AVROBIO, Inc. (NASDAQ:AVRO), a leading clinical-stage gene therapy company with a mission to free people from a lifetime of genetic disease, today announced new preclinical data for AVR-RD-03 for Pompe disease showcasing how its lentiviral gene therapy approach may potentially correct Pompe disease manifestations in the muscle and central nervous system (CNS). The data will be presented today at the American Society of Gene & Cell Therapy (ASGCT) 23rd Annual Meeting.
AVROBIO’s optimized lentiviral vectors for Pompe disease include a proprietary Glycosylation-Independent Lysosomal Targeting (GILT)-tag technology, which consists of a short peptide sequence linked to the therapeutic protein and is designed to enhance uptake in key tissues, and a potent transgene promoter to boost protein production. Data to be presented today demonstrate that AVROBIO-designed lentiviral vectors for Pompe disease incorporating GILT-tag technology significantly reduce toxic accumulation of glycogen in a mouse model of Pompe disease, including in cardiac and skeletal muscle, and the CNS. The toxic buildup of glycogen is caused by a mutation in the GAA gene and leads to a broad range of symptoms for people with Pompe disease, including progressive weakness, loss of motor function and trouble breathing. GAA encodes acid alpha-glucosidase, the enzyme that is functionally deficient in people living with Pompe disease.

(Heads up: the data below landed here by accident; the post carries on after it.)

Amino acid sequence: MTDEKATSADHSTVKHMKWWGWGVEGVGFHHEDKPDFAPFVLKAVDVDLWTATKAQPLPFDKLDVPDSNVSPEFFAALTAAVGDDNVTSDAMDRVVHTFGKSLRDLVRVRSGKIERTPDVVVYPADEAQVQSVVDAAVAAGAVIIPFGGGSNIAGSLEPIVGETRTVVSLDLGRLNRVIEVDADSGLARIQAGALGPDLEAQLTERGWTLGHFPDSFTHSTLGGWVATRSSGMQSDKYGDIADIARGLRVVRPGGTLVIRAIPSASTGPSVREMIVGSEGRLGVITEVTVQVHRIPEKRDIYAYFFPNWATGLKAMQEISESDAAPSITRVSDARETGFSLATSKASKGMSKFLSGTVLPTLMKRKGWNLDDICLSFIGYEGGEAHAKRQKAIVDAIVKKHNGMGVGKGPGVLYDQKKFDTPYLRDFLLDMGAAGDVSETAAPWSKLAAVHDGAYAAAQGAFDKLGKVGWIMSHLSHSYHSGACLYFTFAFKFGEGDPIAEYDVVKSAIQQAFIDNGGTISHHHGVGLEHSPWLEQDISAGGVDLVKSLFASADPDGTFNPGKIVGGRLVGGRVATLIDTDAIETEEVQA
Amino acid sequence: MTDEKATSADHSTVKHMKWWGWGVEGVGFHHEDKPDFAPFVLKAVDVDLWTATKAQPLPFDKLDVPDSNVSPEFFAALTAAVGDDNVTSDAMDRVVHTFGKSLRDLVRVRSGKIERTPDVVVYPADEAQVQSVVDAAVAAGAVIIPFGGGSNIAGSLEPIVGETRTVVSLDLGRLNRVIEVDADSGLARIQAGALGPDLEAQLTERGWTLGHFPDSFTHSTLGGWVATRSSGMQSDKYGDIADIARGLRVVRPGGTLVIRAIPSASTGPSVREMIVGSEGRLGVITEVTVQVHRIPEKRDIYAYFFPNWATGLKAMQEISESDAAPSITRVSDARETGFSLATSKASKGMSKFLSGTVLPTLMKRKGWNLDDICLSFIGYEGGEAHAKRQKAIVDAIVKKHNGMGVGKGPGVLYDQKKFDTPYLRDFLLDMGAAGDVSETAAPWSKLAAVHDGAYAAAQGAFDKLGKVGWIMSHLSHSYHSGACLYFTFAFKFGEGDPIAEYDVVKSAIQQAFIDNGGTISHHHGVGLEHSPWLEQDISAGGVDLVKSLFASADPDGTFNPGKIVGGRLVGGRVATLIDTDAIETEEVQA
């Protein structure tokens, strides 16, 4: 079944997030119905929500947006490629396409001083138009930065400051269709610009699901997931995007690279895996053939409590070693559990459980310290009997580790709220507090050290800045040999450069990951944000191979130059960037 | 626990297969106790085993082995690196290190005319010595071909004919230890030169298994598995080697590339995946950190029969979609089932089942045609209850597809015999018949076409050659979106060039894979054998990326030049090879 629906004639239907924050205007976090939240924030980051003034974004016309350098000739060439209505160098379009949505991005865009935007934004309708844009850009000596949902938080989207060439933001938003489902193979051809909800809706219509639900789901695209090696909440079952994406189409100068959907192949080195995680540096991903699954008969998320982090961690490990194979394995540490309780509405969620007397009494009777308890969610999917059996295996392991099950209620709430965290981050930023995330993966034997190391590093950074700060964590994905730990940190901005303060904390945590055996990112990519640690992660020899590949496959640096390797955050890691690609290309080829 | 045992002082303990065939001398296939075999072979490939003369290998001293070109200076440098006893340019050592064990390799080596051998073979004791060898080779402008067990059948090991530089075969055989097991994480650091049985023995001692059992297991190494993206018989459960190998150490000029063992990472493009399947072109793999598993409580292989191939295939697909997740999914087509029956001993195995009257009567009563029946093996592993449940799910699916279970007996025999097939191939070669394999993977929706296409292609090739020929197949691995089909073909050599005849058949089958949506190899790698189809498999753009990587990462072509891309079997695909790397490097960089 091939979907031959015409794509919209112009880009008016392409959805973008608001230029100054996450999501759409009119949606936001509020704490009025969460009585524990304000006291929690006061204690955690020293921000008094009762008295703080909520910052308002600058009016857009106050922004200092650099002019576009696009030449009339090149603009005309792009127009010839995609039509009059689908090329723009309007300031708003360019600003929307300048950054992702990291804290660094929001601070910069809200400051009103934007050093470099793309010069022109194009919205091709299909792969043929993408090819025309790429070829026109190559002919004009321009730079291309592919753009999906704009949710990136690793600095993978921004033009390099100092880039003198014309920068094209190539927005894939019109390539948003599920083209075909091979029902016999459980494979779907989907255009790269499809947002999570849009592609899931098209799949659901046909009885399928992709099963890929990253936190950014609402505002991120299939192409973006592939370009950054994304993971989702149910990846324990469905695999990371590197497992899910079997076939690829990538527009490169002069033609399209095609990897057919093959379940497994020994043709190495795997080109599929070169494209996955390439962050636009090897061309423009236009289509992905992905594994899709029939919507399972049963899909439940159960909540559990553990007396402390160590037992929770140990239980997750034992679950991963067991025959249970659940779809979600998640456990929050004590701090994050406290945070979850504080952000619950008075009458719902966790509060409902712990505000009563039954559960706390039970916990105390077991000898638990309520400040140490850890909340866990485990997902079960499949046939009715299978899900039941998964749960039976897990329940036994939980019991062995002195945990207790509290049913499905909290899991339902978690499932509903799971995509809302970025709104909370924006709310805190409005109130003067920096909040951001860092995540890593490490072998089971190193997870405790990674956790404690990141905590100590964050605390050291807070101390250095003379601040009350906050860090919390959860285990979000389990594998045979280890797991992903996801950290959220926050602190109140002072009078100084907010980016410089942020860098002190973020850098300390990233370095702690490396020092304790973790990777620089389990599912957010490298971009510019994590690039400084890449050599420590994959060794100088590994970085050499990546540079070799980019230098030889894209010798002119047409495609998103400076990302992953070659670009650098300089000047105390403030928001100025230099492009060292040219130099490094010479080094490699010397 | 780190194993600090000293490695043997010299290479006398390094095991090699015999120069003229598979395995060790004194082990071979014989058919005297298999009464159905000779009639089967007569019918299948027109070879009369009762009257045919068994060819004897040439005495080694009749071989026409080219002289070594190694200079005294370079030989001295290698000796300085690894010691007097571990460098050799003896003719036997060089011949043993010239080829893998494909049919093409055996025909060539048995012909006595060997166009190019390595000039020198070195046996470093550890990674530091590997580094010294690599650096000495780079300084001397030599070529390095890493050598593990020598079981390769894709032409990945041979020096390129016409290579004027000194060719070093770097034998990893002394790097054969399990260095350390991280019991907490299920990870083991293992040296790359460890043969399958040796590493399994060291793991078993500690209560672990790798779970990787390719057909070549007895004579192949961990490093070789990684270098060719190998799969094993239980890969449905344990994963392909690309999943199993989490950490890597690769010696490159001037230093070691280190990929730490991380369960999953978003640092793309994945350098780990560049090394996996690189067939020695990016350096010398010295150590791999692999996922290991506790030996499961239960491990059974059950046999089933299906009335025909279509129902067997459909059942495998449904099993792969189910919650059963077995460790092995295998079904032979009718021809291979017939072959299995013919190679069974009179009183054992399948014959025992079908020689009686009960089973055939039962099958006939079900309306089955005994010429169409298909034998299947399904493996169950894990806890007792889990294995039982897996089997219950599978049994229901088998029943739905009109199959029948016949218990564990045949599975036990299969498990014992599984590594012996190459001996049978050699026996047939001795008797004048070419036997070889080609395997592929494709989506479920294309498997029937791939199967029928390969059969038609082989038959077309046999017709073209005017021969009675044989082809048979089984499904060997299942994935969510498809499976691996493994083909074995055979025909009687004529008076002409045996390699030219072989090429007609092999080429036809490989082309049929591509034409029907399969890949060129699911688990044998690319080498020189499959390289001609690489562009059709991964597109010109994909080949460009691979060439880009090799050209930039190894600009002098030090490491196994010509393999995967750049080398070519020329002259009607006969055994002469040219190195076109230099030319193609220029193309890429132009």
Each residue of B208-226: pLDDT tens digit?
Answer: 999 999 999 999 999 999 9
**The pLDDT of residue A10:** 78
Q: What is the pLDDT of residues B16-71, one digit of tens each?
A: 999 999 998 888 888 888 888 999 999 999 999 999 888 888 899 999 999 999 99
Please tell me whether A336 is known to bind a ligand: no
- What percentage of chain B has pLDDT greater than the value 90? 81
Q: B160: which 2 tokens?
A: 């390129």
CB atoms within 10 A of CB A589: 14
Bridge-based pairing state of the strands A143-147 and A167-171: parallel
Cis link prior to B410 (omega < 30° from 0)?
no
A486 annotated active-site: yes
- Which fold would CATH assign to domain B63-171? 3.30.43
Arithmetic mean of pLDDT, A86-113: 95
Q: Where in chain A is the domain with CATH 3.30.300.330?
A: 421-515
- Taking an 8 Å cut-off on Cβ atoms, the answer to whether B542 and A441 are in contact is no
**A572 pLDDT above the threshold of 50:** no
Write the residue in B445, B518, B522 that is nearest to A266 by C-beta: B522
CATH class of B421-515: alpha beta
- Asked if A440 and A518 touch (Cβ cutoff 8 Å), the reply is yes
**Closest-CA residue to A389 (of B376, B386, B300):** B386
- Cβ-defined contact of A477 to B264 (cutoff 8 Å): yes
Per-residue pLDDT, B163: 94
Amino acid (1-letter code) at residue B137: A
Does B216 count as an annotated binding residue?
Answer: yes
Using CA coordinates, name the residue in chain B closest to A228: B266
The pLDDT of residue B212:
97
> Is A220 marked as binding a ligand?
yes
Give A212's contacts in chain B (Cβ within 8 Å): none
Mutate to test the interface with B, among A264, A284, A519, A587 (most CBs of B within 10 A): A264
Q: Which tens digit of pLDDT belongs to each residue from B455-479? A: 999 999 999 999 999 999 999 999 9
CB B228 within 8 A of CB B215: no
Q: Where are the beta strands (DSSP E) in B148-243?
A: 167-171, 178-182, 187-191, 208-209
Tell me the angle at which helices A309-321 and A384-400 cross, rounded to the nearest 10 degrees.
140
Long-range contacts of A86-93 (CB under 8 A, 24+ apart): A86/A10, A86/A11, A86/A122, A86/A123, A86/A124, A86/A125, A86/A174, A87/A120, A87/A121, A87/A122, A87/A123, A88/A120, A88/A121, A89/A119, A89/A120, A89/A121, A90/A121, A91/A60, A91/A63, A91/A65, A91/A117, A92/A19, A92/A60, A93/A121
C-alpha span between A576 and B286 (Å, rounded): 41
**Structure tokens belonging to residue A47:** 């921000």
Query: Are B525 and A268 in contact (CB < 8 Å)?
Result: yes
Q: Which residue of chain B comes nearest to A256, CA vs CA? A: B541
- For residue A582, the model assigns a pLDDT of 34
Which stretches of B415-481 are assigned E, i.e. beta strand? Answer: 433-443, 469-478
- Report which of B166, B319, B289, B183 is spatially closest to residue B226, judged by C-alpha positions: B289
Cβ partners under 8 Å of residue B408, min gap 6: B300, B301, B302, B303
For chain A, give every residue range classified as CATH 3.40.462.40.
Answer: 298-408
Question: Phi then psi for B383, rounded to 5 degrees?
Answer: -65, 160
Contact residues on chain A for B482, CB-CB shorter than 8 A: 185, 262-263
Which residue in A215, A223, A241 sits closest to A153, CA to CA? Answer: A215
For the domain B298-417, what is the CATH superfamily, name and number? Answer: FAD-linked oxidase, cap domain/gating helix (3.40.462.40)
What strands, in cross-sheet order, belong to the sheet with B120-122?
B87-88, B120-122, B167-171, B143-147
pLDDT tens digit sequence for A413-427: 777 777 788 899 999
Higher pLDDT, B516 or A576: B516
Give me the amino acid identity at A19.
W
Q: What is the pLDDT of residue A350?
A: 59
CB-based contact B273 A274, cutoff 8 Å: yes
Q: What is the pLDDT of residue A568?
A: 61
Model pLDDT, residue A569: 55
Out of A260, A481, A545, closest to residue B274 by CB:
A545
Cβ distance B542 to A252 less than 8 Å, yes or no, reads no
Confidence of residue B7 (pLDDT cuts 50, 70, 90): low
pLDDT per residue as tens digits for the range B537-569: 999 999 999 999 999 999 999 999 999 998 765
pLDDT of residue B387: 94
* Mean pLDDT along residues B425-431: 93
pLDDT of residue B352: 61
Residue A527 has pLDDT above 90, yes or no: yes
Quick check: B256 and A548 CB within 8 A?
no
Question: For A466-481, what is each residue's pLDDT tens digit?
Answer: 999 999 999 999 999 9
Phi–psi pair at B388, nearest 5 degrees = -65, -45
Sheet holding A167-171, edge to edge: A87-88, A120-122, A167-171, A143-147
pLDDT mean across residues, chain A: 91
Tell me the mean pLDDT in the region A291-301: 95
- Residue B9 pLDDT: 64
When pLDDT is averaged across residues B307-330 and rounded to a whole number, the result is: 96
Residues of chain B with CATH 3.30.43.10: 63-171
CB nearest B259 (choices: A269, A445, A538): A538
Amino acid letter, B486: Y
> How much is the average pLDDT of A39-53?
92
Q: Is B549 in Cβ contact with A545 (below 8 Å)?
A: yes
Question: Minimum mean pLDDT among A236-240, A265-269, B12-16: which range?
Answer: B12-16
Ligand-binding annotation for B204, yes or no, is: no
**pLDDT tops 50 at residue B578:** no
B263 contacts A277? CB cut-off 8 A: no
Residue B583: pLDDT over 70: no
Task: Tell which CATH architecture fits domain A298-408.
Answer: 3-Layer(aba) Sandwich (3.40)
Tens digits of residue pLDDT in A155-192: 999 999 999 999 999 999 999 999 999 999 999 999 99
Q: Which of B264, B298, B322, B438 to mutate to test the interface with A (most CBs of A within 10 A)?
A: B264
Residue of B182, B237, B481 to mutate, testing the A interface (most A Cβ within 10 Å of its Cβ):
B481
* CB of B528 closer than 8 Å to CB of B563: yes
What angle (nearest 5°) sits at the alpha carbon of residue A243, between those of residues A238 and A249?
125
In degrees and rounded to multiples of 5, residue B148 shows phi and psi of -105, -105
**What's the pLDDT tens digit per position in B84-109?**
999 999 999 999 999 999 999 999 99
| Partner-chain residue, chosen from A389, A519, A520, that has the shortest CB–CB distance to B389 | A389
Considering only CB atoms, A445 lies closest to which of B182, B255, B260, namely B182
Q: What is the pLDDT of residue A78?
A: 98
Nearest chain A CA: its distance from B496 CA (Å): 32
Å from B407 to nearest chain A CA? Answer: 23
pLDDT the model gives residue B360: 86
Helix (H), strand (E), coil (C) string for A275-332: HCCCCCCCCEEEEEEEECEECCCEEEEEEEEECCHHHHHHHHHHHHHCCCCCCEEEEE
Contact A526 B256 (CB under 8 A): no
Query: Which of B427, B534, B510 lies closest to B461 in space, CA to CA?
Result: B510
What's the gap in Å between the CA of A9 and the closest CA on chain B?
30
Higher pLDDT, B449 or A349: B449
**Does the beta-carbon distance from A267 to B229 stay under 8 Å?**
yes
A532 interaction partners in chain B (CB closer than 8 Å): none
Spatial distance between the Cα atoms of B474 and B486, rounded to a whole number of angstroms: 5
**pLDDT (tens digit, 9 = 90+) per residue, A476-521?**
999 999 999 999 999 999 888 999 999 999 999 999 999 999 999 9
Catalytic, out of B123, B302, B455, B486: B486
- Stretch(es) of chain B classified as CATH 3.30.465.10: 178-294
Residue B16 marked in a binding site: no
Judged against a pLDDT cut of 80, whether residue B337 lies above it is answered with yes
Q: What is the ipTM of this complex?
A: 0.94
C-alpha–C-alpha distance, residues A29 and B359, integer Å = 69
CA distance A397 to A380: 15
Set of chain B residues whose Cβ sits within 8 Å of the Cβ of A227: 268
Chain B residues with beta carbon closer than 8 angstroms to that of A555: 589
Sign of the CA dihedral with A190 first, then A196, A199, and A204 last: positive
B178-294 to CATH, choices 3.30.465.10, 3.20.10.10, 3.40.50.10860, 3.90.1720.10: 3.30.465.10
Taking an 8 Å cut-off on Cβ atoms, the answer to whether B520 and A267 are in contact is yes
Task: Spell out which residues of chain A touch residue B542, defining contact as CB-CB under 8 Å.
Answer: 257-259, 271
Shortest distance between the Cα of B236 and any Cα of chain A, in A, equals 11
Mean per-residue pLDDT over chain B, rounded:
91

“Our preclinical data strongly support the potential of our optimized lentiviral vector for Pompe disease with proprietary GILT-tag technology as a novel mechanism in the ‘head-to-toe’ treatment of Pompe disease, including symptoms that originate in the CNS,” said Chris Mason, M.D., Ph.D. AVROBIO’s chief scientific officer. “We feel a tremendous urgency to advance this therapy for people living with Pompe disease and look forward to completing the IND-enabling studies that could pave our path to the clinic.“
The study assessed 10 different lentiviral vectors with therapeutic transgenes in a mouse model of Pompe disease. Each vector was capable of producing expression of the GAA gene and included different versions of the GILT tag. Control vectors without a GILT tag were also tested. The presence of GILT tags substantially improved clearance of glycogen in the brain and spinal cord. The leading vector reduced glycogen in the cardiac muscle, the cerebrum and the spinal cord to levels that closely resembled those seen in wild-type mice. Glycogen content was also significantly reduced in heart, diaphragm and skeletal muscle tissue. Average vector copy number (VCN) in bone marrow was below five and there were no adverse effects seen on the hematopoietic compartment in treated mice. The mice were followed for four months after transplantation.
Based on these data, AVROBIO selected a candidate vector for progression into an Investigational New Drug-enabling proof-of-concept study, which is expected to conclude in 2020.